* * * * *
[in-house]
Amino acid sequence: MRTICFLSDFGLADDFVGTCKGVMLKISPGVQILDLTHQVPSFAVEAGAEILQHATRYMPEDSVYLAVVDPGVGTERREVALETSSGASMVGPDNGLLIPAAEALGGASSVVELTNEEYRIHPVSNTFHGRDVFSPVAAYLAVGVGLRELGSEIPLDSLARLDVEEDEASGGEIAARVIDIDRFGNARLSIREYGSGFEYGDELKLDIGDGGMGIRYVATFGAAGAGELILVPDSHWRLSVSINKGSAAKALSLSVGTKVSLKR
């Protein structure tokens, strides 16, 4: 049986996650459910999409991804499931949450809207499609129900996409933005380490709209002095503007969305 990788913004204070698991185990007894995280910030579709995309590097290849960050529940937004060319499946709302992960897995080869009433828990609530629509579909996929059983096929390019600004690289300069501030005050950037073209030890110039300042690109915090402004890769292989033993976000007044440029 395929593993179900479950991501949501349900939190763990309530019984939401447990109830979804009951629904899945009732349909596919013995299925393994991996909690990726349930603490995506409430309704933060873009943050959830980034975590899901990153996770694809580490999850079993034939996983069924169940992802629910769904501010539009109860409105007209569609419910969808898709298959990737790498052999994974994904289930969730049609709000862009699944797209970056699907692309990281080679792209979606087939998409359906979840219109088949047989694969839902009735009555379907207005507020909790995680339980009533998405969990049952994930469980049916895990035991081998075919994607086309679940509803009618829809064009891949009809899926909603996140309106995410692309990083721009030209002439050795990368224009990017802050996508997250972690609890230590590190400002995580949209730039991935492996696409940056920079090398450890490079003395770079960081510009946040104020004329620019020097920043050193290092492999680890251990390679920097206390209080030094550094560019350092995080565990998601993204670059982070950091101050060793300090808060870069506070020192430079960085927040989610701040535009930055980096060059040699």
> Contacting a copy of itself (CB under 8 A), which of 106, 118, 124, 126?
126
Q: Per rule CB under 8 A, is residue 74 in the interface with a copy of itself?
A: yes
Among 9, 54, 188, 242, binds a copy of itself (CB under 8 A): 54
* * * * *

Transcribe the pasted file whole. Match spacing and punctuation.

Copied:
[in-house]
Amino acid sequence: MRTICFLSDFGLADDFVGTCKGVMLKISPGVQILDLTHQVPSFAVEAGAEILQHATRYMPEDSVYLAVVDPGVGTERREVALETSSGASMVGPDNGLLIPAAEALGGASSVVELTNEEYRIHPVSNTFHGRDVFSPVAAYLAVGVGLRELGSEIPLDSLARLDVEEDEASGGEIAARVIDIDRFGNARLSIREYGSGFEYGDELKLDIGDGGMGIRYVATFGAAGAGELILVPDSHWRLSVSINKGSAAKALSLSVGTKVSLKR
């Protein structure tokens, strides 16, 4: 049986996650459910999409991804499931949450809207499609129900996409933005380490709209002095503007969305 990788913004204070698991185990007894995280910030579709995309590097290849960050529940937004060319499946709302992960897995080869009433828990609530629509579909996929059983096929390019600004690289300069501030005050950037073209030890110039300042690109915090402004890769292989033993976000007044440029 395929593993179900479950991501949501349900939190763990309530019984939401447990109830979804009951629904899945009732349909596919013995299925393994991996909690990726349930603490995506409430309704933060873009943050959830980034975590899901990153996770694809580490999850079993034939996983069924169940992802629910769904501010539009109860409105007209569609419910969808898709298959990737790498052999994974994904289930969730049609709000862009699944797209970056699907692309990281080679792209979606087939998409359906979840219109088949047989694969839902009735009555379907207005507020909790995680339980009533998405969990049952994930469980049916895990035991081998075919994607086309679940509803009618829809064009891949009809899926909603996140309106995410692309990083721009030209002439050795990368224009990017802050996508997250972690609890230590590190400002995580949209730039991935492996696409940056920079090398450890490079003395770079960081510009946040104020004329620019020097920043050193290092492999680890251990390679920097206390209080030094550094560019350092995080565990998601993204670059982070950091101050060793300090808060870069506070020192430079960085927040989610701040535009930055980096060059040699």
> Contacting a copy of itself (CB under 8 A), which of 106, 118, 124, 126?
126
Q: Per rule CB under 8 A, is residue 74 in the interface with a copy of itself?
A: yes
Among 9, 54, 188, 242, binds a copy of itself (CB under 8 A): 54